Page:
In a similar vein, many Korean American families have been hoping to reunite with their families in North Korea for just as long and, in some cases, longer. Following the Korean War, over 100,000 divided Korean families came to the U.S. Estimates suggest that several thousand of those families are still living, and Korean American organizations have consistently reported requests from the community to reunite with loved ones.

As in the case of repatriation operations, reunions between Korean Americans and their families in North Korea represent an important opportunity for consistent, ongoing engagement that addresses another often-forgotten humanitarian crisis. Further, as the issue of remains repatriation is exclusively discussed between the two militaries, reunions between divided families would allow diplomats a parallel exercise in cooperation; a win-win-win.

It’s also worth noting that both issues of remains repatriation and family reunions are bipartisan and have been fully embraced by Congress. Remains repatriation even received congressional appropriated funds for recovery operations. Several bills in the House that focus exclusively on family reunions, though, are stalled and need action, such as Rep. Grace MengGrace MengHillicon Valley: Ocasio-Cortez clashes with former Dem senator over gig worker bill | Software engineer indicted over Capital One breach | Lawmakers push Amazon to remove unsafe products Lawmakers call on Amazon to safeguard against unsafe products Lawmakers urge DNC to name Asian American debate moderator MORE’s (D-N.Y.) bill HR 1771 the Divided Families Reunification Act as well as Rep. Karen BassKaren Ruth BassCNN: Biden likened Clinton impeachment to 'partisan lynching' in 1998 White House spokesman: Trump didn't mean to compare his experience with 'darkest moments' in US history The Hill's 12:30 Report: Trump faces backlash for comparing impeachment to 'lynching' MORE’ (D-Calif.) resolution H Res. 410 – Encouraging reunions of divided Korean-American families.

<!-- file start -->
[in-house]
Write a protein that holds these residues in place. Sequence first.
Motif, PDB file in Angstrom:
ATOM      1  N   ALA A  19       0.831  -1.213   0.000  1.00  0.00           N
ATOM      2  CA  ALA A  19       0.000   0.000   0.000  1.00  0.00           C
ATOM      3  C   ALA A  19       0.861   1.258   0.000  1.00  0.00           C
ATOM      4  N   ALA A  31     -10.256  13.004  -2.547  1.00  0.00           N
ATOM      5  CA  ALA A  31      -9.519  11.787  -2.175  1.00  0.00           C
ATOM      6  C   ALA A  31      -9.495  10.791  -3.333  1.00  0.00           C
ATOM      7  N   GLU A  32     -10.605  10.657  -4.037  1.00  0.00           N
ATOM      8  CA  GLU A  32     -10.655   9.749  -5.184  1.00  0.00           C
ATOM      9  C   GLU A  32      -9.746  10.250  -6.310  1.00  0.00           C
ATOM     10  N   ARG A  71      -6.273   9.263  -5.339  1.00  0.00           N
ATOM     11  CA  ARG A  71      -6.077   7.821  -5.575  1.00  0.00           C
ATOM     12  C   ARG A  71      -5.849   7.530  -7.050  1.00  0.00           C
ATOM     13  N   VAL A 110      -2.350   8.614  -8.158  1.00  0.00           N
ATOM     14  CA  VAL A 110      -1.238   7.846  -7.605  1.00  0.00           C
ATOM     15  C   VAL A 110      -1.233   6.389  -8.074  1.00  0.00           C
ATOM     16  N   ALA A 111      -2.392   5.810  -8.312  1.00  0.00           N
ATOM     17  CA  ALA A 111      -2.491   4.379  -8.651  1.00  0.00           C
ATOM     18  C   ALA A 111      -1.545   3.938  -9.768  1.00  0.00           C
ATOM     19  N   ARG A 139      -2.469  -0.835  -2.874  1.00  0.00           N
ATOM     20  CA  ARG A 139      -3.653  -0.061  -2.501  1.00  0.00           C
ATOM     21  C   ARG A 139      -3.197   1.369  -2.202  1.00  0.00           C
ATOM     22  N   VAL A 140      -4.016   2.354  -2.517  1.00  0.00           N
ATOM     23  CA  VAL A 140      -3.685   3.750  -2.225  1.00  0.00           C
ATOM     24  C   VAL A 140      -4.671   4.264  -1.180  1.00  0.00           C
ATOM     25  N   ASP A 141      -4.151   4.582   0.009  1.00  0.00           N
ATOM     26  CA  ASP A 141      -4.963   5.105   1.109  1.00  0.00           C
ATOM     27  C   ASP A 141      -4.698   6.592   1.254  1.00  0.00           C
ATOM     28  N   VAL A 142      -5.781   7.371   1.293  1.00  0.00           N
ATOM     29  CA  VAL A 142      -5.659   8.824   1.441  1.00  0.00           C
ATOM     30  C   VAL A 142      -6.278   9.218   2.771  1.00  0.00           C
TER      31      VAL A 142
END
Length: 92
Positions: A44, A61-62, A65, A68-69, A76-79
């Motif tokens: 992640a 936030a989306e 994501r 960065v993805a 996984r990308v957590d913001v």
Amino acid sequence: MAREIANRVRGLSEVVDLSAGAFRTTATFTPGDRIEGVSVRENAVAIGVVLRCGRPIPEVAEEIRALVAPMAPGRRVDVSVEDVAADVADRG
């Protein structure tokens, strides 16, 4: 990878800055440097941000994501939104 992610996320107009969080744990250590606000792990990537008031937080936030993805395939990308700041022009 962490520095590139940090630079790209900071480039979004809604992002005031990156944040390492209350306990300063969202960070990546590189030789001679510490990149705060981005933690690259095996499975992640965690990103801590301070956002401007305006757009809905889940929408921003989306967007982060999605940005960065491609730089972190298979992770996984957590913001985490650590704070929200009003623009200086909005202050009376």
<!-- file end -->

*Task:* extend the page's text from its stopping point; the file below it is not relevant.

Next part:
The issues are mentioned as necessary components to transforming this conflict in many pieces of legislation going back years. Other current examples include H Res 152 Calling for a formal end to the Korean War and HR 2949 the North Korea Policy Oversight Act.

In order to truly transform the U.S.-North Korea relationship, we will need to untangle issues of individual security from issues of arms control and international norms. Reuniting families (living and deceased), then, offers a viable way to help heal the wounds of war while, at the same time, cultivating the environment necessary to effectively discuss high level concerns of the U.S. and North Korea.

Daniel Jasper is the American Friends Service Committee’s Public Education and Advocacy Coordinator for Asia.